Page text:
I visited Havana, my first visit to the capital since 2005, and there was an inversion between Old Havana and New Havana. The old city, declared a UNESCO World Heritage Site, has been restored and sandblasted into a clean tourist enclave, replete with boutique hotels, Hemingway’s Bar, forts, art galleries, and historical monuments marking the founding of Havana. The new city, bounded by the famous Malecón, is crumbling after the onslaught of the hurricane in 2017 left an indelible scar on buildings facing the seawall. These damaged edifices cannot simply be razed and rebuilt; they have to be restored to their original states. And restoration takes a lot more time and money, the latter which the country is desperately short of. Perhaps UNESCO should do Cuba a favour and declare all of Havana a World Heritage Site, for the newer city also holds a lot of history on the underbelly of human greed and American capitalism prior to the Revolution. My guide was proud to show me the Mafia-owned hotels in New Havana where notables like Meyer Lansky, Lucky Luciano, and Al Capone openly held conferences at the Hotel Nacional de Cuba in the 1940s for gangsters from around the world while Frank Sinatra serenaded them.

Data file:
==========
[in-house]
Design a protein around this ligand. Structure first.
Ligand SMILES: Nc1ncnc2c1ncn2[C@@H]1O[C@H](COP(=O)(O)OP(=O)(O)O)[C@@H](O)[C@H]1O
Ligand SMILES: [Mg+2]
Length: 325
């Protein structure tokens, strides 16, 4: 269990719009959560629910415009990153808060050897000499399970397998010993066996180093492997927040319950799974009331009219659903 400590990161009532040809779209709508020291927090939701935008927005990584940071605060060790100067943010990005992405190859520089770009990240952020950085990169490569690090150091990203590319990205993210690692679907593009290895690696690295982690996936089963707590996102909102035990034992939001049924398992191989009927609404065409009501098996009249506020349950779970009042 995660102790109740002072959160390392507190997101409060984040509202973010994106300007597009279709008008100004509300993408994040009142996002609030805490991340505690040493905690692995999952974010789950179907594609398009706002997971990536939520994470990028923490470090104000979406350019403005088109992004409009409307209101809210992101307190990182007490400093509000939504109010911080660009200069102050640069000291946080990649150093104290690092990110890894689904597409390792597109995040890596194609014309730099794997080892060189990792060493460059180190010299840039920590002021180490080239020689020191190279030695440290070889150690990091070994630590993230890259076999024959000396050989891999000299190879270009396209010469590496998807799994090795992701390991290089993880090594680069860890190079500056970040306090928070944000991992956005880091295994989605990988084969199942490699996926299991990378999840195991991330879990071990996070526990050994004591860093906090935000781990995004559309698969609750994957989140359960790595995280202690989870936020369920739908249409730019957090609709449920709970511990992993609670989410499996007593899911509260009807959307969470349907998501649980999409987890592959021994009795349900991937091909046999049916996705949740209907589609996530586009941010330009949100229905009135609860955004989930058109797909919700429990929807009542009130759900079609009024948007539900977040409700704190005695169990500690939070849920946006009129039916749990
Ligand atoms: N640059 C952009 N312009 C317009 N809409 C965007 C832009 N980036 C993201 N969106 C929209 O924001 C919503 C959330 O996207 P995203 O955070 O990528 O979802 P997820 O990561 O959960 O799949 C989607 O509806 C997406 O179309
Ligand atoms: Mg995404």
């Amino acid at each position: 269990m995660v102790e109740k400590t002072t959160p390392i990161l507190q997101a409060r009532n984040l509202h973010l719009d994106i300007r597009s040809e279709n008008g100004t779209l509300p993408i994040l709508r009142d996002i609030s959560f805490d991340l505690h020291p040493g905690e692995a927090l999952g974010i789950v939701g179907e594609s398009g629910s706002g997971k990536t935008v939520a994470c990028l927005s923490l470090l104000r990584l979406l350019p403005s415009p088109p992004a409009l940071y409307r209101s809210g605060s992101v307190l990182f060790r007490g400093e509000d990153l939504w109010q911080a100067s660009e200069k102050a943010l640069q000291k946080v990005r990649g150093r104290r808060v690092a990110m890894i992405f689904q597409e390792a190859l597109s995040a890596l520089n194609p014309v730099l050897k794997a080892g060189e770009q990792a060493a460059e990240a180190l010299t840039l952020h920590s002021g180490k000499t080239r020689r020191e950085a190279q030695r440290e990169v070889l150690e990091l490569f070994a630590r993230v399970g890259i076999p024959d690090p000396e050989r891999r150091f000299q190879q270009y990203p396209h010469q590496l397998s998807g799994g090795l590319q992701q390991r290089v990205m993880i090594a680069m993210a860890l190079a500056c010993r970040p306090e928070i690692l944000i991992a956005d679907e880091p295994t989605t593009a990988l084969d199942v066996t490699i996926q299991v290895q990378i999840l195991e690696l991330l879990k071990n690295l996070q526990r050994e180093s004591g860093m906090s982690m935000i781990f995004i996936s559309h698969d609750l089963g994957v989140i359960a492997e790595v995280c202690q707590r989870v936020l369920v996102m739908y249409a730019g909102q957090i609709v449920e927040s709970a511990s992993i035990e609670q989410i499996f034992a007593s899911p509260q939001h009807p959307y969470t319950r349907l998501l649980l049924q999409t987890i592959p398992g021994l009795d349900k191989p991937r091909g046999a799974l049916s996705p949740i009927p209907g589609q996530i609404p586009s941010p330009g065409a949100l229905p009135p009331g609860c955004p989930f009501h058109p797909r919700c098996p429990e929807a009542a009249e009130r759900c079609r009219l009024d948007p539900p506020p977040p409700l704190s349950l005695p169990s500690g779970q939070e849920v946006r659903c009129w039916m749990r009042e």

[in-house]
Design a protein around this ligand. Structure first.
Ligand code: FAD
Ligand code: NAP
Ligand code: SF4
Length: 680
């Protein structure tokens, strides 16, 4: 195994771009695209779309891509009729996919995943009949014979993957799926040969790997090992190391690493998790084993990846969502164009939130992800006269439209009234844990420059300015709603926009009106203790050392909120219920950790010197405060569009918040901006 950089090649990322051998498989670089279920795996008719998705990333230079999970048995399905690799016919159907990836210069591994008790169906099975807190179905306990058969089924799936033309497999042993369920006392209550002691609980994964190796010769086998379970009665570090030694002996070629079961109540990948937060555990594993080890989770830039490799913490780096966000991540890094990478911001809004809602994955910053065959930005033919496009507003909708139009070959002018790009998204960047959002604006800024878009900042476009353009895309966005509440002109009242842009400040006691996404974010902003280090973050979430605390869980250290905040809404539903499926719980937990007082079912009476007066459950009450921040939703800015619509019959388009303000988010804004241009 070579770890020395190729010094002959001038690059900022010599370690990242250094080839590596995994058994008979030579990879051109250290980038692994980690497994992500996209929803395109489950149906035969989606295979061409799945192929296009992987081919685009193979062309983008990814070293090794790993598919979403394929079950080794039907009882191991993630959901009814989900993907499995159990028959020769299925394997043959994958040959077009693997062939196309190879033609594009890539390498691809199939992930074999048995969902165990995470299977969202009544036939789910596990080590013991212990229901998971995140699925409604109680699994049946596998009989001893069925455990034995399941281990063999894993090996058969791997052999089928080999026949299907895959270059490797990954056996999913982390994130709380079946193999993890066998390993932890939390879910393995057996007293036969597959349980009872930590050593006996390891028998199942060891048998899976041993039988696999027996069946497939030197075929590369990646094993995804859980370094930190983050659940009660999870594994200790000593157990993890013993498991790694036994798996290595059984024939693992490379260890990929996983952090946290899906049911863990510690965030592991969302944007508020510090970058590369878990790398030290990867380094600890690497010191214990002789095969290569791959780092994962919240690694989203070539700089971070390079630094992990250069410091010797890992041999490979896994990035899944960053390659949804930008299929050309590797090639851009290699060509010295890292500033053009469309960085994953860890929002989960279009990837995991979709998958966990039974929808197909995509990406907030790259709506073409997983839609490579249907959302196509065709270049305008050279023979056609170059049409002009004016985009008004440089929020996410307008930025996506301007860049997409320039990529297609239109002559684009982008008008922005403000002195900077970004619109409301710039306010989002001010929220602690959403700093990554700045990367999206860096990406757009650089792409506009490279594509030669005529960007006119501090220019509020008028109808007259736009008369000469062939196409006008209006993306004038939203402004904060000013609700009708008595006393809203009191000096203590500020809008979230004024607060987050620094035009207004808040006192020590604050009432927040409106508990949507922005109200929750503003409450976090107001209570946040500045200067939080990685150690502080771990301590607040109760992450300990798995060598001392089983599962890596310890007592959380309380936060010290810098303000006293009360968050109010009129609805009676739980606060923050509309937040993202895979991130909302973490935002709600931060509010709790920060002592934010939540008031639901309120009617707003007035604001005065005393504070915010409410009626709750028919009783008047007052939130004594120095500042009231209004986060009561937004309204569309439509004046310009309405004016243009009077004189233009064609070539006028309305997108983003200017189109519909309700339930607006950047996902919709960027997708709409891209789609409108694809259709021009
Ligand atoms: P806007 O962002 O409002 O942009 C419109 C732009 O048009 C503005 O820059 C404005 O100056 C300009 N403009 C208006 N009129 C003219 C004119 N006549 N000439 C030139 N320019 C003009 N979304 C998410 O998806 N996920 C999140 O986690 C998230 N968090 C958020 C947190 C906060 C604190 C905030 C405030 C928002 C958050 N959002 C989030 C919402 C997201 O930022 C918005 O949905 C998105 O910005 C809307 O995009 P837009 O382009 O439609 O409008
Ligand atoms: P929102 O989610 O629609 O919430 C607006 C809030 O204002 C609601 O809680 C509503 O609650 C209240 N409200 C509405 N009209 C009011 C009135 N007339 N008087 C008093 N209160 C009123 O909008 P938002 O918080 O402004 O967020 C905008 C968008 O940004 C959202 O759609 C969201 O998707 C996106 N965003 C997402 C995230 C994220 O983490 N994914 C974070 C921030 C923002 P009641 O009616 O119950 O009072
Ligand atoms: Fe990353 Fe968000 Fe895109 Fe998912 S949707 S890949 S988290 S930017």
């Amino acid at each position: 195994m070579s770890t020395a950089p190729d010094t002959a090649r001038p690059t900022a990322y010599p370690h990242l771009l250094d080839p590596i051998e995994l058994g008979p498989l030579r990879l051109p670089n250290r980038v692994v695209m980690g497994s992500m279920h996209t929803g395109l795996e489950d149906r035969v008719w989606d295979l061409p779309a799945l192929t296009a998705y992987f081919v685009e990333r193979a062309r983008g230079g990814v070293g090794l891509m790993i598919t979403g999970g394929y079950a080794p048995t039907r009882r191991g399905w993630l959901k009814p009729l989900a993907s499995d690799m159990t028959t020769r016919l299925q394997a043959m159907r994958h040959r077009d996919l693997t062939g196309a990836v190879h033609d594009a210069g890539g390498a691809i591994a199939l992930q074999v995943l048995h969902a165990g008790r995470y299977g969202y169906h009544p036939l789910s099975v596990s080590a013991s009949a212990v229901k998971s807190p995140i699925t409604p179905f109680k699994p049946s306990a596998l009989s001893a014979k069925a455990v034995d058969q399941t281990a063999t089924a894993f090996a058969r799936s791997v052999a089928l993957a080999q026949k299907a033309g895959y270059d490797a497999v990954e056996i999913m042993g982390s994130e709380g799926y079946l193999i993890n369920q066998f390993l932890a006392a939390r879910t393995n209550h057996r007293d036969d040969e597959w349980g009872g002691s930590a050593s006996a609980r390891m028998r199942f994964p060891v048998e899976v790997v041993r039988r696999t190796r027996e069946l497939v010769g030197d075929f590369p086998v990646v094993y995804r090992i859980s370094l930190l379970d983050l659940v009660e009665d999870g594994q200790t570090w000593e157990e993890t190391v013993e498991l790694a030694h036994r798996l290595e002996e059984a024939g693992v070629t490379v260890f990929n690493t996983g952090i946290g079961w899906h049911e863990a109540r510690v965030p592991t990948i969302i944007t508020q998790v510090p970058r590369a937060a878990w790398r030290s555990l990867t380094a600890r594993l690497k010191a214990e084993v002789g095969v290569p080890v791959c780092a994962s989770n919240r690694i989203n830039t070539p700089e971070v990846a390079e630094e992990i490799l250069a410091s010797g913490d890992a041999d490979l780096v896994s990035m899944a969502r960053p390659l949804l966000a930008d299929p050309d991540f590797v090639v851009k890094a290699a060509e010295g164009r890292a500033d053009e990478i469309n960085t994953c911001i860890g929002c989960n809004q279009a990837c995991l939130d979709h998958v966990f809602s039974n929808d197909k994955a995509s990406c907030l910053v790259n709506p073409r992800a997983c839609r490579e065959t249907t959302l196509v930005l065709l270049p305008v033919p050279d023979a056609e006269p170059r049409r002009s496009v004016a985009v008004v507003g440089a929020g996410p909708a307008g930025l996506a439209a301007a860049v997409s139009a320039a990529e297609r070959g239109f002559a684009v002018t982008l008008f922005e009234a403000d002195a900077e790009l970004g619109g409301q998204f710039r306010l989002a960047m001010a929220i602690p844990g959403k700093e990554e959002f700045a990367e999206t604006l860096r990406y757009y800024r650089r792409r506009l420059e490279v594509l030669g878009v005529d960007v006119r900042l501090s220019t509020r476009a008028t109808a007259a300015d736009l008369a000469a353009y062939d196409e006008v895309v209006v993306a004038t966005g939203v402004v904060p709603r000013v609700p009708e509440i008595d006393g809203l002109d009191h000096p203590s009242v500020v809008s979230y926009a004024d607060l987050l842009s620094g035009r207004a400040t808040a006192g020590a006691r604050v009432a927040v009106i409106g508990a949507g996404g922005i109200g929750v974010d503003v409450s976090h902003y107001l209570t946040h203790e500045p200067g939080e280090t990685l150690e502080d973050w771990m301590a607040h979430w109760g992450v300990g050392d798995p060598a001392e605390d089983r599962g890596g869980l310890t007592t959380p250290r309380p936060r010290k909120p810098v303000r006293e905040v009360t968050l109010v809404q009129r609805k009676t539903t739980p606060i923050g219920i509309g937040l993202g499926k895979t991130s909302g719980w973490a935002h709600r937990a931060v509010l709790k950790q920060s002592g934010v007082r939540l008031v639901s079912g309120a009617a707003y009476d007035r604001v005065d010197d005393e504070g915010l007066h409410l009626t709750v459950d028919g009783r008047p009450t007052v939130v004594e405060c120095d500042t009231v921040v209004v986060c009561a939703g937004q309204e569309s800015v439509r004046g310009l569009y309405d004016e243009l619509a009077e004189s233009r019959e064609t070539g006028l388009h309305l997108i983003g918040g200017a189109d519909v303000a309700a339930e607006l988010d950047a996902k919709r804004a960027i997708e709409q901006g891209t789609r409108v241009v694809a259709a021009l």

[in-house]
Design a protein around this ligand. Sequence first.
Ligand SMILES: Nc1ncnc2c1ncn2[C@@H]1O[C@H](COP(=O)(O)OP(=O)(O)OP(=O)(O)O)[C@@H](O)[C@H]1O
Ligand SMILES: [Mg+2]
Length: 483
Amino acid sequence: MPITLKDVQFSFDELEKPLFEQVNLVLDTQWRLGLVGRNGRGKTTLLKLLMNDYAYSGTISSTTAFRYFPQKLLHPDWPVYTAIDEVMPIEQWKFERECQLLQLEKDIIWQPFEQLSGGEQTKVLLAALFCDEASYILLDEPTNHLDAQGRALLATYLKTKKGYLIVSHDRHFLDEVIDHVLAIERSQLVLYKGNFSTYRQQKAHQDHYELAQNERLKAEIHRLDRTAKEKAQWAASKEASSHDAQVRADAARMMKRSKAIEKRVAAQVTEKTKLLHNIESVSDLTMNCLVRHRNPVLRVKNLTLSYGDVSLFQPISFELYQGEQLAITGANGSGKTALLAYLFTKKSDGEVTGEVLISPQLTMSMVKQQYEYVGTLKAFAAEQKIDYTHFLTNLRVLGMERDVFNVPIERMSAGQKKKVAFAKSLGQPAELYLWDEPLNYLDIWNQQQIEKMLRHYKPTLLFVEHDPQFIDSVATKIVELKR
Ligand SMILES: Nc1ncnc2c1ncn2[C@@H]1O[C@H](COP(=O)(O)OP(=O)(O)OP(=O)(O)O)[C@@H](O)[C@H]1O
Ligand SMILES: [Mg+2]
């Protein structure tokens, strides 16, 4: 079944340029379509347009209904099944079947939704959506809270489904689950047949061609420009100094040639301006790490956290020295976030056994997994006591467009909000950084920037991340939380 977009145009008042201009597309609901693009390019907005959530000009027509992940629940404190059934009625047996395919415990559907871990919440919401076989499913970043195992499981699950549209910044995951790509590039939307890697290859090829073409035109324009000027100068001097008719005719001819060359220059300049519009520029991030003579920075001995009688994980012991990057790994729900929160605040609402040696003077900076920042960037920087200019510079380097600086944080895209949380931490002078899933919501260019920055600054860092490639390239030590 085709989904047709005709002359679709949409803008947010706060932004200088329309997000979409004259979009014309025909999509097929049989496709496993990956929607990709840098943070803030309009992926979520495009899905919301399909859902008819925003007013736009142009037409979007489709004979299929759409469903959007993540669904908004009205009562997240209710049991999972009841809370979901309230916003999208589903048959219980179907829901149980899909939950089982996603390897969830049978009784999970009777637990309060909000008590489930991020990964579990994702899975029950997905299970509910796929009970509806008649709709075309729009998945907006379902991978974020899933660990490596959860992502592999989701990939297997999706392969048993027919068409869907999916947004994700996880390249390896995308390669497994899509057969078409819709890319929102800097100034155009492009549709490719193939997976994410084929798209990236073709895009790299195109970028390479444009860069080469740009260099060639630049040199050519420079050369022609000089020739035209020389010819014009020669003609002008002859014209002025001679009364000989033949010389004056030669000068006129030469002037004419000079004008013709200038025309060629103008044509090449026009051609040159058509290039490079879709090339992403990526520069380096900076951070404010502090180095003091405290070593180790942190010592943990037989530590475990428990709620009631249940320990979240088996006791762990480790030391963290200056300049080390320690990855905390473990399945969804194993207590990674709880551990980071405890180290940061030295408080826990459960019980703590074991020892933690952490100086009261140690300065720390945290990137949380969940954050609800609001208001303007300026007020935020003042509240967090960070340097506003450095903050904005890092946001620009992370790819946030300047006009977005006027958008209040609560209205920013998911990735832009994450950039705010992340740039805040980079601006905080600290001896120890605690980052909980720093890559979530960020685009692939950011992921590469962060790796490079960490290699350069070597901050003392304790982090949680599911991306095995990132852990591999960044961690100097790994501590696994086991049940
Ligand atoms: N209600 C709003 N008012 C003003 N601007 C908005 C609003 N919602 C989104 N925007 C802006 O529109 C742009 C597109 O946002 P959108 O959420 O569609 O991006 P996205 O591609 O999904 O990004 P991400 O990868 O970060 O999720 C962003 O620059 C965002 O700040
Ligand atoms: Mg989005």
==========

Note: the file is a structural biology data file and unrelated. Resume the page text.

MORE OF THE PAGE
But all is not downhill—the warm breezes, clear skies, beautiful beaches, and relaxed pace are still here, making Cuba a tourist destination with a twist. And despite food scarcity, Cubans are ingenious at taking a plain cake and slicing it in several different ways to present an assorted array of pastries, all with the same familiar taste—if you are not too drunk on great Cuban rum to figure it out. However, despite the resilience of its people, the new currency-induced inflation makes me wonder whether Cuba would be able to maintain its reputation as a “cheap” destination for much longer. And when “some things don’t work some of the time” in this destination is coupled with rising prices, tourists will look for other cheaper destinations where “things work most of the time,” if there are any to be found in a post-pandemic world.